If you're a fan of video games you have no doubt run across some media site, blog or irritated tweet referencing a recent blog entry by noted film critic Roger Ebert who wrote that "Video games can never be art."
Even Ebert admits that "never" is a bit of a weighted word, but I am absolutely shocked that a film critic would feel this way about an emerging medium and be completely wrong in the process.
He spends most of his time refuting a presentation made at USC by Kelle Santiago, a video game producer and designer, who catalogues various (perhaps not the best) examples of video games as art.
She lists downloadable games Braid, Flower and another I'm not familiar with - Waco Resurrection. I'm not sure how she goes about her argument suggesting each as art, but Ebert is quick to to consider Santiago's three examples as "pathetic."
Ebert is also quick to forget the struggles the film industry faced during it's infancy. The 15-second long reels in Edison's Kinetoscope were viewed as nothing more than minor amusements and were certainly not considered art-worthy by any means. It wasn't until the first Academy Awards in 1929 until motion pictures were considered an art form - nearly 40 years after Edison introduced his little gimmick.
Ebert also spends considerable time toying with the definition of art, but forgets the division between unfairly classified "high" and "low" art - film is still considered the latter.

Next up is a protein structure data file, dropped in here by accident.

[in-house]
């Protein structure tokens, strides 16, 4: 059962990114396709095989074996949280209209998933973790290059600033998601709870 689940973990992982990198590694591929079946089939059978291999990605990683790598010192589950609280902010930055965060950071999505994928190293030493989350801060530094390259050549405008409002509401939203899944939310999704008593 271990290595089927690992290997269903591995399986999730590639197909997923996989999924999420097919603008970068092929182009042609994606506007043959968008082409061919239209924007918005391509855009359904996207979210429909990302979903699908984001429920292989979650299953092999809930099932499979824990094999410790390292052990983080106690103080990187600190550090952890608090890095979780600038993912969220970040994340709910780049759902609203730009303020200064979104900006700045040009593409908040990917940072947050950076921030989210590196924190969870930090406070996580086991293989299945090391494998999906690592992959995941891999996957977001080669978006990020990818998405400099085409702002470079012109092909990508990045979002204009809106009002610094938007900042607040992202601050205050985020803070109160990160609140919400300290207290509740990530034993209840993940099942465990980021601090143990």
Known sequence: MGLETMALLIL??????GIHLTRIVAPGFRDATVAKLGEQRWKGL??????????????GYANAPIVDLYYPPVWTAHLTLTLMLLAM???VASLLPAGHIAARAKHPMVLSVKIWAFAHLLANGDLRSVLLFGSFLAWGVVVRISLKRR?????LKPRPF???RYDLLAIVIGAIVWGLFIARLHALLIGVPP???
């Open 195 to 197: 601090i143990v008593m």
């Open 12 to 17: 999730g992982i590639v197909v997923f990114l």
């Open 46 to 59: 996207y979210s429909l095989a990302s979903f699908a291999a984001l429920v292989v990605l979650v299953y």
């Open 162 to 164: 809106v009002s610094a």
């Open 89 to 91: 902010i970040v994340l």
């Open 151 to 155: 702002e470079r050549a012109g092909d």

I would bet that a commonly held interpretation of art could be explained as a piece of creative word that stimulates not only thought, but challenges either the limitations within its medium or society to some degree.
Video games are the only interactive medium allowing the player a choice in his or her actions. Yes, it's a game with a motivation and goal, but video games are becoming much closer to film than Mr. Ebert would ever dare to consider.
Take the Metal Gear Solid or Final Fantasy franchises for example. They both feature less gameplay than cinematics a majority of the time. The interactive nature of a video game in this case create a closer emotional connection to the story that transcends film. After all, to reject video games as art is to reject film as art.
As for the inability to compare any video game or game creator with great art or artists, you have to examine what each had done for the industry. When you look at how video games and video game artists have stimulated the medium, names such as Shigeru Miyamoto, Hideo Kojima and Will Wright come to mind as do Super Mario Bros., Metal Gear Solid and The Sims.
I'm Sorry Roger Ebert, but you're wrong and I'm sick of the image of video games as a mindless medium for teenage boys.
Video games are art.